Common advice for new MBA students is to embellish your academic experience with extracurricular activities and events. Case competitions are an excellent way to do this: participants gain academic, problem solving, and presentation experience, while getting the chance to network, travel, and even win prizes!
How so? We interviewed three of Dalhousie’s graduating CRMBA students — Priyanka Kochhar, David Hatcher, and Ryan Bunker — for their perspectives on what makes case competitions such unique experiences.
A case competition is an interesting way to apply class learnings to business scenarios in a high pressure environment. Competitions require an analysis of the situation as well as a proposed solution to the problem, which then must be presented to a panel of judges.
“The most valuable component to me was getting the practical experience and the understanding of what it would be like to work in the subject area of the competition,” says David Hatcher. “I see case competitions as a way to gain additional experience outside of the classroom and have the ability to learn practical skills.”
“A colleague from my residency, who is also a CRMBA grad, suggested I try to fit in as many extracurricular activities as possible to gain more practical experience in a field I could see myself working in. That was great advice as I’ve learned a lot about myself in the process,” says Ryan Bunker. “Another underrated benefit, in my opinion, is having to stay disciplined in your coursework to ensure that you’re not falling behind; I think time-management and learning to work the most efficiently is a skill that will be helpful in my career.”
Priyanka Kochhar agrees, adding in: “Competitions have also significantly improved my presentation skills. I feel much more comfortable speaking in front of large groups than I did before.”
Plenty of opportunities exist at case competitions to mingle with students of other schools as well as business professionals. In fact, many case competitions include networking mixers among the scheduled events.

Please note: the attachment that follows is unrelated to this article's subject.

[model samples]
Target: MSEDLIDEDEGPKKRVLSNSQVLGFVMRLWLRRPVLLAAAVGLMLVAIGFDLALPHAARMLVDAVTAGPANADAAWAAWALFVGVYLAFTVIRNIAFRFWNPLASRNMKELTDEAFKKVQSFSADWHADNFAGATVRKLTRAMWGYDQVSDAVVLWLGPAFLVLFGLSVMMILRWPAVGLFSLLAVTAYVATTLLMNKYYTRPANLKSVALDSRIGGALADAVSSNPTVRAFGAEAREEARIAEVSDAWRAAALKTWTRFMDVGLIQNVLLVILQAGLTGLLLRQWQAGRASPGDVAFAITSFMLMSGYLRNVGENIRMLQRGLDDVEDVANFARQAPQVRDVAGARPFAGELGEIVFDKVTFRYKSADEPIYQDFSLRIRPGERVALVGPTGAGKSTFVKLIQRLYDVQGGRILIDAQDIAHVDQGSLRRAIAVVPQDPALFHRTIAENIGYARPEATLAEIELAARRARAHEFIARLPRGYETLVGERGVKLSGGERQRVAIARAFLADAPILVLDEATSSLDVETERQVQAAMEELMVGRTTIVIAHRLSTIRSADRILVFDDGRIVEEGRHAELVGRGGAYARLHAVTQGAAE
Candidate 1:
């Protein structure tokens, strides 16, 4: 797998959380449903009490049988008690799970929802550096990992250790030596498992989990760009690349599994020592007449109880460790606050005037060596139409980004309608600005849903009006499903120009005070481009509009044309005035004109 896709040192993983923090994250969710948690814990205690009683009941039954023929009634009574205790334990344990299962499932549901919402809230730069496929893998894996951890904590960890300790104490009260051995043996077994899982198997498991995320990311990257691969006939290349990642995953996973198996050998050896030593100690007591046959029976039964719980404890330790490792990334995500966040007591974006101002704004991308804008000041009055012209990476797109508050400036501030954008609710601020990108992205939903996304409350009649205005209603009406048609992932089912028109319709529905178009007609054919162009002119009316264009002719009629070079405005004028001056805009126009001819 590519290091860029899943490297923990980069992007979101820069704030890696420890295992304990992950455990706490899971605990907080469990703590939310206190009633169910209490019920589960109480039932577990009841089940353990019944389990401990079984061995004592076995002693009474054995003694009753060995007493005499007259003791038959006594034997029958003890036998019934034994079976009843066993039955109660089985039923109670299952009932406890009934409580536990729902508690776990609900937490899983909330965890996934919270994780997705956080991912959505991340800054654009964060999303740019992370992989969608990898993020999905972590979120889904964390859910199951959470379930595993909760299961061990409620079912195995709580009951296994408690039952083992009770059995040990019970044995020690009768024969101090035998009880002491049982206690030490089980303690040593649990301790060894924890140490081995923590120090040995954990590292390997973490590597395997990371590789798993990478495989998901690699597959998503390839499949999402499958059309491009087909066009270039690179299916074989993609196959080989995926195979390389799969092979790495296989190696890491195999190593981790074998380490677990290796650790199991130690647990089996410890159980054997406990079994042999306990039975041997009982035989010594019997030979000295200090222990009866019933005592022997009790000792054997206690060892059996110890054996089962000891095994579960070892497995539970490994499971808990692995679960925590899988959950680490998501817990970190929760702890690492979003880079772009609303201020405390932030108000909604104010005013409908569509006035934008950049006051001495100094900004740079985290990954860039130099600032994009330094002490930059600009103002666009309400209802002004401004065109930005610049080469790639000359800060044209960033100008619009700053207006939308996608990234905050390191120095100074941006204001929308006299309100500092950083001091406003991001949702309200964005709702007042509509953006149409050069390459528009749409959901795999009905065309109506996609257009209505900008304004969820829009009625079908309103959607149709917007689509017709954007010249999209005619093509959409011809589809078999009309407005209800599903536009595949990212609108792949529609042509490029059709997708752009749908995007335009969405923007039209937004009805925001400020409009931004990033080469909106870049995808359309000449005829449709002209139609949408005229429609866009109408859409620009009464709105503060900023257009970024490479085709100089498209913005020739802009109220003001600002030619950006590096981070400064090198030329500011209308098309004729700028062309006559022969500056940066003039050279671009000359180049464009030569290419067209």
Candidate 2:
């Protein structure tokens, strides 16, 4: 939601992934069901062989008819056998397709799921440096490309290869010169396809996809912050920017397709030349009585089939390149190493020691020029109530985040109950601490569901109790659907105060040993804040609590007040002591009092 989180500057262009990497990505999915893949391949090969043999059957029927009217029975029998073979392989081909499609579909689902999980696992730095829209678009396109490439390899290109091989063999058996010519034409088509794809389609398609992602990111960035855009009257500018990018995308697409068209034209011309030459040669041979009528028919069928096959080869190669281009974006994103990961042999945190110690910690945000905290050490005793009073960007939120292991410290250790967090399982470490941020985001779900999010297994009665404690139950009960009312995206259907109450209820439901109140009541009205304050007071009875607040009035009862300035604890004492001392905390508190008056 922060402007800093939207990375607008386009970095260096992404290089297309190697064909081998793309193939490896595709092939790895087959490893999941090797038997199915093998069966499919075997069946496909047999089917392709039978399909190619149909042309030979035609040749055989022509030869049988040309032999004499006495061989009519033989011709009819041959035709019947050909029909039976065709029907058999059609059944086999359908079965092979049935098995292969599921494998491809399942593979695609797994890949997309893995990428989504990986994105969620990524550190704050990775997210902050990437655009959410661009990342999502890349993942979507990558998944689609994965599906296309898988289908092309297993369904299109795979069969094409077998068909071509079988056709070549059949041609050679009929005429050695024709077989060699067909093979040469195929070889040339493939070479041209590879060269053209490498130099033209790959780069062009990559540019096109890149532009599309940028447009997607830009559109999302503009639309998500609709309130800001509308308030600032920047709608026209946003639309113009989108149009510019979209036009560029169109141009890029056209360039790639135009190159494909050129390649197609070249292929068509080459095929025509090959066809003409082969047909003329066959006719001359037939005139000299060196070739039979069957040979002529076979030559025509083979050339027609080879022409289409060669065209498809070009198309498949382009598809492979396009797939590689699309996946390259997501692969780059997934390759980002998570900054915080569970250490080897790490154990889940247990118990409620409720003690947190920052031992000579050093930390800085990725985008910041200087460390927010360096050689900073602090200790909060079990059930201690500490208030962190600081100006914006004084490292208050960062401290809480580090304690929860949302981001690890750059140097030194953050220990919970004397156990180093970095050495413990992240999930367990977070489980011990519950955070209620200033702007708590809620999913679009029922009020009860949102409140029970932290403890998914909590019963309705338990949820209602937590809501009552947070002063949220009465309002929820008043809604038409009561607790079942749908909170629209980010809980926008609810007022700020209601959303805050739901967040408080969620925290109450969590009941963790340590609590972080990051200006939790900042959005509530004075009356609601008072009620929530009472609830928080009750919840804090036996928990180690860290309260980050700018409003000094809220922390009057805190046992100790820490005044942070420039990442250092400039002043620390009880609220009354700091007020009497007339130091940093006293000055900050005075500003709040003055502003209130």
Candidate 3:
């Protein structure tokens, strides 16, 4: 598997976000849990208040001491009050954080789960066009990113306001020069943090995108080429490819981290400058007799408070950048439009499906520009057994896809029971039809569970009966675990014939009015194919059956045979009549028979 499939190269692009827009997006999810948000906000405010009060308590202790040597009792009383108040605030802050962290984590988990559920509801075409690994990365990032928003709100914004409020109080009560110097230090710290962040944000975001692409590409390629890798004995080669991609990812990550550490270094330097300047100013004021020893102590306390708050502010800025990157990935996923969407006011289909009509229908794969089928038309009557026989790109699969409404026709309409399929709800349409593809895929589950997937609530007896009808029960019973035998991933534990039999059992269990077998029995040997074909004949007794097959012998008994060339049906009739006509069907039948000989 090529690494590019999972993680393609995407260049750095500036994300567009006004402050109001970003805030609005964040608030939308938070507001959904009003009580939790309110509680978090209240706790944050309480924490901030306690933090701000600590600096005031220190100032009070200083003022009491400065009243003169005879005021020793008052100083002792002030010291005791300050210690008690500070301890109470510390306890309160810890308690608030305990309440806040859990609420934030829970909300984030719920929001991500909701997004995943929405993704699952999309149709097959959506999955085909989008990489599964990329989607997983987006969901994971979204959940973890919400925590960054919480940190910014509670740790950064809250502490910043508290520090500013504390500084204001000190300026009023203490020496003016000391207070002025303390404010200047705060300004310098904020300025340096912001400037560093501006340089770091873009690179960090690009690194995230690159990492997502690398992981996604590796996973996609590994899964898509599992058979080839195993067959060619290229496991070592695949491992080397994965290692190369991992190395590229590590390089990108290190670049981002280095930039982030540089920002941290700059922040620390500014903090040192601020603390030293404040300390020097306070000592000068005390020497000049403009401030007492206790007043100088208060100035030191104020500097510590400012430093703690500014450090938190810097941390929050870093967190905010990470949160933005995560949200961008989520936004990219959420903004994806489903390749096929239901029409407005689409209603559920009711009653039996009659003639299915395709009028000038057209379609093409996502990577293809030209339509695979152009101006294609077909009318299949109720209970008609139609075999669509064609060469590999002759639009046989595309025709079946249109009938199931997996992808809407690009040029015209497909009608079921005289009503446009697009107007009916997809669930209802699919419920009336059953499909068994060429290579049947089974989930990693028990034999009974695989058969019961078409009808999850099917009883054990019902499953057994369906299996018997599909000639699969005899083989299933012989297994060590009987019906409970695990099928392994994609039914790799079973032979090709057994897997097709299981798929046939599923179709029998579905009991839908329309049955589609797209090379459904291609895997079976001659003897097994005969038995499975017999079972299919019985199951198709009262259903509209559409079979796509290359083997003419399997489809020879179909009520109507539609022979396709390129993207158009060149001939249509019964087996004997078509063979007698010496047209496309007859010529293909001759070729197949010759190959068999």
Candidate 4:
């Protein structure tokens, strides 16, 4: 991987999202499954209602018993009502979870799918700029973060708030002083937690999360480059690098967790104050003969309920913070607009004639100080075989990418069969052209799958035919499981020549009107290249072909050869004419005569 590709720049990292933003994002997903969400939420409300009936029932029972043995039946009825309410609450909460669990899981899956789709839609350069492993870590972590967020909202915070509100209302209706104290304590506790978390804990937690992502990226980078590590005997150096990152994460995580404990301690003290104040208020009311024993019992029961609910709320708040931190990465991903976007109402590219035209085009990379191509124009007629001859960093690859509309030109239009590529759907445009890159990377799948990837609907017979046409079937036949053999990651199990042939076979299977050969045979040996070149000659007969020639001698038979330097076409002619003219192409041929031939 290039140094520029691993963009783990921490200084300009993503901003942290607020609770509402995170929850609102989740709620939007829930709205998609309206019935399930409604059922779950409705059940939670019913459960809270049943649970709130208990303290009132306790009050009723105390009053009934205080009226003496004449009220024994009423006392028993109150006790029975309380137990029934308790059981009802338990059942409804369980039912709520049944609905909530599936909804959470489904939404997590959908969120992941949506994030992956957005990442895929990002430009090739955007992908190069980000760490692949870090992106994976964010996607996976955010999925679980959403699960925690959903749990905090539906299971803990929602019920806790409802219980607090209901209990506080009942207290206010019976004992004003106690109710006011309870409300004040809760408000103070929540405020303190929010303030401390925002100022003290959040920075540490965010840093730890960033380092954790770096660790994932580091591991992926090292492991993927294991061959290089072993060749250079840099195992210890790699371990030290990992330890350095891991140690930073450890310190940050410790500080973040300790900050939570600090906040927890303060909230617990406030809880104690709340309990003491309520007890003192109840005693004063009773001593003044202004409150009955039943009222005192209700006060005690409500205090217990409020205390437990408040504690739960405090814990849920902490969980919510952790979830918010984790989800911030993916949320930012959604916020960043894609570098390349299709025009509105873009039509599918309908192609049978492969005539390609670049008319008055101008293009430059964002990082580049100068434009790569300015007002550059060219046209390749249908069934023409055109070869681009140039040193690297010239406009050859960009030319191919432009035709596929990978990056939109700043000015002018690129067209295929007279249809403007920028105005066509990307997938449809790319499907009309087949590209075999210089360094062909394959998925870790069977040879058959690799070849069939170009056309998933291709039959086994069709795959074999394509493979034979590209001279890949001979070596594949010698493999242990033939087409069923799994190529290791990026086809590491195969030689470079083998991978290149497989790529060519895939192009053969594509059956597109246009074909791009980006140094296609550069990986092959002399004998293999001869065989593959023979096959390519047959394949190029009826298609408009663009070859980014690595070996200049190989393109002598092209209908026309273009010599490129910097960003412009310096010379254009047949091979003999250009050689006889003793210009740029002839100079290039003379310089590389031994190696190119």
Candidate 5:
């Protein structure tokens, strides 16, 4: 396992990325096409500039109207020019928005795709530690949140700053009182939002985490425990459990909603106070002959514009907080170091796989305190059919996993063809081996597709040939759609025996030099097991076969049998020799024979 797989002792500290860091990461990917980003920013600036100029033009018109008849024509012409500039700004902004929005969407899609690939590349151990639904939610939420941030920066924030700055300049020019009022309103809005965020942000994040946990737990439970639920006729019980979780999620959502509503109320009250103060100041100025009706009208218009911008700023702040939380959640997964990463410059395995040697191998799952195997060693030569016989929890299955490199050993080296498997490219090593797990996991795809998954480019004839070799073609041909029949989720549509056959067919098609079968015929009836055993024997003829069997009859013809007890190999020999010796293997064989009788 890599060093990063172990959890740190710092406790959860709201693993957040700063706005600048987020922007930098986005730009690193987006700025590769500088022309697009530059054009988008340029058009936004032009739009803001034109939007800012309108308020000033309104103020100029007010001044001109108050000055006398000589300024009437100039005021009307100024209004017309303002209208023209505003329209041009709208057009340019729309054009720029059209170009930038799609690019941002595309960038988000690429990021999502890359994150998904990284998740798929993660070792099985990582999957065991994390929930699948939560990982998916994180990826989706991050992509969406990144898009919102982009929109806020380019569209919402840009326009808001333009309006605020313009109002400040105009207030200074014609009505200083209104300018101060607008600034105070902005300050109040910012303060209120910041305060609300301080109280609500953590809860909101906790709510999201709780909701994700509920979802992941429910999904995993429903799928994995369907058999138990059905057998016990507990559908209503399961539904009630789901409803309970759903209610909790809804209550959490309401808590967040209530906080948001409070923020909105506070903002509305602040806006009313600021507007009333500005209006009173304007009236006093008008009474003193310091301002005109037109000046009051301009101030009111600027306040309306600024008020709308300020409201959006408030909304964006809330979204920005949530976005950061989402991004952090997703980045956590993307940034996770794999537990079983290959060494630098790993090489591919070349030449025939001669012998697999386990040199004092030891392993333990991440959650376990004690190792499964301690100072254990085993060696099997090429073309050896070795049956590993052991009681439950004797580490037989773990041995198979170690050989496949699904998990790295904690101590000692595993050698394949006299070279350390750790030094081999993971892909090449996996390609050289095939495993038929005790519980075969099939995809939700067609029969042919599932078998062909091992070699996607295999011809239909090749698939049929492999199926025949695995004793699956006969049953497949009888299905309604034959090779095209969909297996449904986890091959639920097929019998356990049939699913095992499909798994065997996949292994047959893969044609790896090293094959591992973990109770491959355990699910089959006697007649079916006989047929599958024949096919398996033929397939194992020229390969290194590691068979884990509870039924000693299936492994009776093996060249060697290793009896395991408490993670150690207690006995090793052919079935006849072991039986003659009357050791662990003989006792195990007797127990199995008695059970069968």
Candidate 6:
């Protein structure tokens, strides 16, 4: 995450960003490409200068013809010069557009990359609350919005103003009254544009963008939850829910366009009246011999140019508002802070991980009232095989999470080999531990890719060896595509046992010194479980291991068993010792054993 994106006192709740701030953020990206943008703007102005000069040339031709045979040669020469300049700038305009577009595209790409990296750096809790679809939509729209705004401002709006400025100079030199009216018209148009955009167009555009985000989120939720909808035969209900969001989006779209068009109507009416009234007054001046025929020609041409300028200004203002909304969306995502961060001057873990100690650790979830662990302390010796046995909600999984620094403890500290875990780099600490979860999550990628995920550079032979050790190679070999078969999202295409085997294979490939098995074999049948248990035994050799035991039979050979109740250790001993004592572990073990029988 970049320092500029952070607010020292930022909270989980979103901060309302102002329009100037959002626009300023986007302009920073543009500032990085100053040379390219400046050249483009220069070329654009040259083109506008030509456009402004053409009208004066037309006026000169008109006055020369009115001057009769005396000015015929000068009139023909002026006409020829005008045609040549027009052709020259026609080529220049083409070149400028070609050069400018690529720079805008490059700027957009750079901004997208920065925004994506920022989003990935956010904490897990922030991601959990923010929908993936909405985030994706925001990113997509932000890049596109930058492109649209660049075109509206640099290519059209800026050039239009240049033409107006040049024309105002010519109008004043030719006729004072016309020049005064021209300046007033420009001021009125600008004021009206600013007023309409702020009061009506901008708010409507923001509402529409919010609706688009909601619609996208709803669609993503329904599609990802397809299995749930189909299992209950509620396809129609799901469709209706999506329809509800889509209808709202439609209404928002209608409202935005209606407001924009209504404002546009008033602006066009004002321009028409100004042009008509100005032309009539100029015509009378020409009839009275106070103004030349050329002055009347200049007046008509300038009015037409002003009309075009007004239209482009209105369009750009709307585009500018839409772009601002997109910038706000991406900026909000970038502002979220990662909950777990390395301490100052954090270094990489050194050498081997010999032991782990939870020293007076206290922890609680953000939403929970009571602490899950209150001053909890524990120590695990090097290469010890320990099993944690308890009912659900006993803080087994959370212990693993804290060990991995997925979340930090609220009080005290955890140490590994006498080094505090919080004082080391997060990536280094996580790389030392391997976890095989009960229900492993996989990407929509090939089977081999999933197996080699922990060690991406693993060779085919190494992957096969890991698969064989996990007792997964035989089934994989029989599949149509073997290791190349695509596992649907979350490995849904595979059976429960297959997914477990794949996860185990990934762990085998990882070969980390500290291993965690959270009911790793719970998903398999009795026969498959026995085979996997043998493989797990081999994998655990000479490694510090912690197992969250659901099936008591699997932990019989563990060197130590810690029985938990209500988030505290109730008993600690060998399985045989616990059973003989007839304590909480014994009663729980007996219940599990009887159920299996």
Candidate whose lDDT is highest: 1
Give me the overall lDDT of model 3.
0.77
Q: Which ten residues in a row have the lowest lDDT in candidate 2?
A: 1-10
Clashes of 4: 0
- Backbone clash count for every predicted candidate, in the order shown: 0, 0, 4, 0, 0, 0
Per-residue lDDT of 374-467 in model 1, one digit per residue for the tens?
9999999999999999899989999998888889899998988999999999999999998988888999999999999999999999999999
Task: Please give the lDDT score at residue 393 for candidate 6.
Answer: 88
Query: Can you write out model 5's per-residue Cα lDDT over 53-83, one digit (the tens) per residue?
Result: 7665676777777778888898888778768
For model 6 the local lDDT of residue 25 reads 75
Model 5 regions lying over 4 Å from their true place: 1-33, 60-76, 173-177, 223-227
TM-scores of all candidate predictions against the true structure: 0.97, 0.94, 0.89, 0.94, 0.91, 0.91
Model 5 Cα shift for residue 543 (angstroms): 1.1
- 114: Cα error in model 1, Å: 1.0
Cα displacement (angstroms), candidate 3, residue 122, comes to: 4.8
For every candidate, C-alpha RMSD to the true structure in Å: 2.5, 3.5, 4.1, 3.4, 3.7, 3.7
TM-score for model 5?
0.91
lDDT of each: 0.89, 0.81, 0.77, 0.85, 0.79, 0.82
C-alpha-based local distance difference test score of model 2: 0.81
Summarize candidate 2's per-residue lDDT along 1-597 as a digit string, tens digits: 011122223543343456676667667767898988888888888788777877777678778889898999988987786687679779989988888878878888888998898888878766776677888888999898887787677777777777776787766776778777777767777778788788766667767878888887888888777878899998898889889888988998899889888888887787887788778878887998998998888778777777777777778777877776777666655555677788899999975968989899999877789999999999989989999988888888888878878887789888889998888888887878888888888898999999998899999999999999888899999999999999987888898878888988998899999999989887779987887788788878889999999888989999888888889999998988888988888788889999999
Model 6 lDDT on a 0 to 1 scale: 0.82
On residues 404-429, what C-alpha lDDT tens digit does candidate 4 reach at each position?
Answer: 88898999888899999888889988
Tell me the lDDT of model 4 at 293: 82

Priyanka found that attending the case competitions helped to expand her network. “I have met entrepreneurs across Atlantic Canada, government and industry professionals in Nova Scotia, and am currently coordinating with contest organizers in Australia. It has been great to meet so many people, hear their stories, and learn about opportunities that exist beyond grad school.”
“I have met many people with different backgrounds,” says Ryan, “all of whom I wouldn’t feel awkward asking to meet up later in my career over a coffee.”
“Working on case teams really brings out how people react under pressure,” says Priyanka, “Case competitions can be quite nerve wracking. With travel and time crunches, networking and presenting, there are a lot of components that push people outside of their comfort zones. It is interesting to watch the different personalities at play and how people come together to present such high-quality work in short periods of time.”
David further explains, “These competitions forced us to work as a team to solve problems and put together quality work under time constraints, something I think will be very valuable for our careers. Each person would bring a diverse set of skills and would have strengths in different areas that allowed us to be efficient and have trust in each other.”
“Working with others can be challenging at times,” agrees Ryan, “but how each of our different skill sets came together, creating something unique was amazing — the whole really is more than a sum of its parts.”
Case competitions may be challenging, but these also provide many fun opportunities. Teams can travel across Canada and internationally, and usually have the chance to win cash prizes!
When asked if they were interested in giving any shout-outs, all three participants were enthusiastic.
“Shout-out to all my teammates this year,” says Priyanka. “Each of them taught me something new along the way.”
“Thanks to all of my case teammates and coaches for their dedication — we had a lot of good times that I will cherish,” says Ryan.
“All my teammates for being awesome to work with, as well as our coaches for their guidance and support,” agrees David, adding a special thanks: “And Rick Nason for his help in Advanced Corporate Finance class by getting us to think differently about problems and prepping us to think on our feet and be ready for tough questions.”
For more, check out our recap of the 2018 MBA Games, or learn how to maximize your networking opportunities.
Priyanka Kochhar participated in the IBM Watson Global Analytics Competition, won second in the Nova Scotia Open Data Contest (with teammate Cory MacRae), and won first in the BMO Apex Business Plan Competition (with teammate Ryan Bunker).
Ryan Bunker participated in the Venture Capital Investment Competition, was a runner-up in the National Investment Banking Competition (with teammates David Hatcher, Jack Dellaire, and Hadyn McInroy), and won first in the BMO Apex Business Plan Competition (with teammate Priyanka Kochhar).
David Hatcher participated in the MBA Games Strategy Case, Pacific Venture Capital Competition, the Venture Capital Investment Competition, was a runner-up in the National Investment Banking Competition (with teammates Ryan Bunker, Jack Dallaire, and Hadyn McInroy), and won first in the CFA Research Challenge (with teammates Karah Lee, Kelly Hawa, Christian Thomas, and Dharshan Imbiraj).